Also joining VCU from Utah State is walk-on senior guard Connor Odom. Odom, son of head coach Ryan Odom, appeared in four games in the 2022-23 season. He scored his first career points during the 2022 Mountain West Tournament, connecting on a 3-pointer against Air Force.

Moving across town

Intra-conference transfers are rare. Intra-city transfers, even more rare.

But both at the same time? Almost unheard of.

Welcome to the curious case of Jason Nelson.

Nelson, a native of Richmond who attended John Marshall High School, announced that he was transferring to VCU on April 18. That same day, Nelson was joined by Roosevelt Wheeler, a fellow John Marshall alum, in transferring to VCU.

The transfer saw Nelson move less than seven miles, as he was a starting point guard on the Richmond Spiders. In the 2022-23 season, Nelson started 26 games, averaging eight points and two assists.

For his efforts as a redshirt freshman, Nelson was named Atlantic 10 Rookie of the Year by HoopsHD. The A-10 twice named Nelson the conference’s rookie of the week.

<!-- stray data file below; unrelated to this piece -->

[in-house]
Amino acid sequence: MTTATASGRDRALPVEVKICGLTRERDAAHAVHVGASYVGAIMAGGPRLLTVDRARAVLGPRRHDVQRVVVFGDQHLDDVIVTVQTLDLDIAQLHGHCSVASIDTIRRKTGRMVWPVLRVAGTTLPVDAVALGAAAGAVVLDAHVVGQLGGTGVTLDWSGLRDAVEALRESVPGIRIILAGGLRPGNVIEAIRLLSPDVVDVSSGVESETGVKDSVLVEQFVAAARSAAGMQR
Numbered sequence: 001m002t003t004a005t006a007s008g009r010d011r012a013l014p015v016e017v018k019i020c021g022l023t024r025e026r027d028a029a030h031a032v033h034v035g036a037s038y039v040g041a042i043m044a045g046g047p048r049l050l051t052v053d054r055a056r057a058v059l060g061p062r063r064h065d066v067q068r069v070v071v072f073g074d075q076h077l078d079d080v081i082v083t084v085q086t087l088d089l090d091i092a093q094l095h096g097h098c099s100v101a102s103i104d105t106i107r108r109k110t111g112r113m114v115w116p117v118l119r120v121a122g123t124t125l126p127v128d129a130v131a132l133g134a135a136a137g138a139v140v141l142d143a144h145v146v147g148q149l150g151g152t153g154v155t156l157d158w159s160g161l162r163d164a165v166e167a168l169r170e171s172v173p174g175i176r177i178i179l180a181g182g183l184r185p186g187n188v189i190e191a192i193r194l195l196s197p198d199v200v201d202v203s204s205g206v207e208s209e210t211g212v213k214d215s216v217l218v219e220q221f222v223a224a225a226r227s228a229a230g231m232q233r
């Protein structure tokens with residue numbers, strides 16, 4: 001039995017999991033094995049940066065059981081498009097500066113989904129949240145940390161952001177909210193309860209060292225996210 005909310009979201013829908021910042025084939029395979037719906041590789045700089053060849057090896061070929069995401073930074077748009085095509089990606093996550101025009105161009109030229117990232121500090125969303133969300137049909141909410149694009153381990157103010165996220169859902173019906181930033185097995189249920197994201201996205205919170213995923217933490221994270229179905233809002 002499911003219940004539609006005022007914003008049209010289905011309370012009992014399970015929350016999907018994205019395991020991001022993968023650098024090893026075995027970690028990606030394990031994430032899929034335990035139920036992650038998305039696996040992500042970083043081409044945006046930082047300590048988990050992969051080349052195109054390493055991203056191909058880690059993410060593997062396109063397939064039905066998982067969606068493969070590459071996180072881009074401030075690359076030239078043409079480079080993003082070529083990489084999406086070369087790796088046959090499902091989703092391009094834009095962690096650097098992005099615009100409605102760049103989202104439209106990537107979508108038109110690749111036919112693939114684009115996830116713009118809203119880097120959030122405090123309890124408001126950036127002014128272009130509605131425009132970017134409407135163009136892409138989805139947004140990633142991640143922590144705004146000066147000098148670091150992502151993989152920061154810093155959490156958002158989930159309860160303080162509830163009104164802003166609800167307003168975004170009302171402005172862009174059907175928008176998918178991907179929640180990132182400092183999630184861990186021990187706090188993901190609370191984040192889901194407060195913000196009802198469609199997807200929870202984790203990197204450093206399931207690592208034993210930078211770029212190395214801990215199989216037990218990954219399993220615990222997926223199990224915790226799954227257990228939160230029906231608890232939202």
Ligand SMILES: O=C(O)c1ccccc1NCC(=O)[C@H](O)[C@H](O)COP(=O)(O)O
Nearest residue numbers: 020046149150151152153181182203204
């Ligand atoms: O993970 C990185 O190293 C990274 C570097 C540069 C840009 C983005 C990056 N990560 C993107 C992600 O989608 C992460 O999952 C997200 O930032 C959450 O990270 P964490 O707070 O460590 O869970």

According to the Richmond Times-Dispatch, Nelson is the first player ever to play for both VCU and Richmond. The two institutions have a rich cross-town rivalry that dates back decades, well before both programs joined the A-10 conference.

After a slow start against McNeese State, Nelson returned to form on Nov. 10 against Samford, scoring 11 points on 40% shooting in 31 minutes off the bench. He also tacked on six steals, shattering his career high.

Nelson will get two opportunities the squish the Spiders this year: Feb. 3 at the Siegel Center and March 2 in his return to the Robins Center.

Where in the world is Joe Bamisile?

Perhaps the biggest story at the outset of VCU’s campaign is the eligibility status of senior guard Joe Bamisile.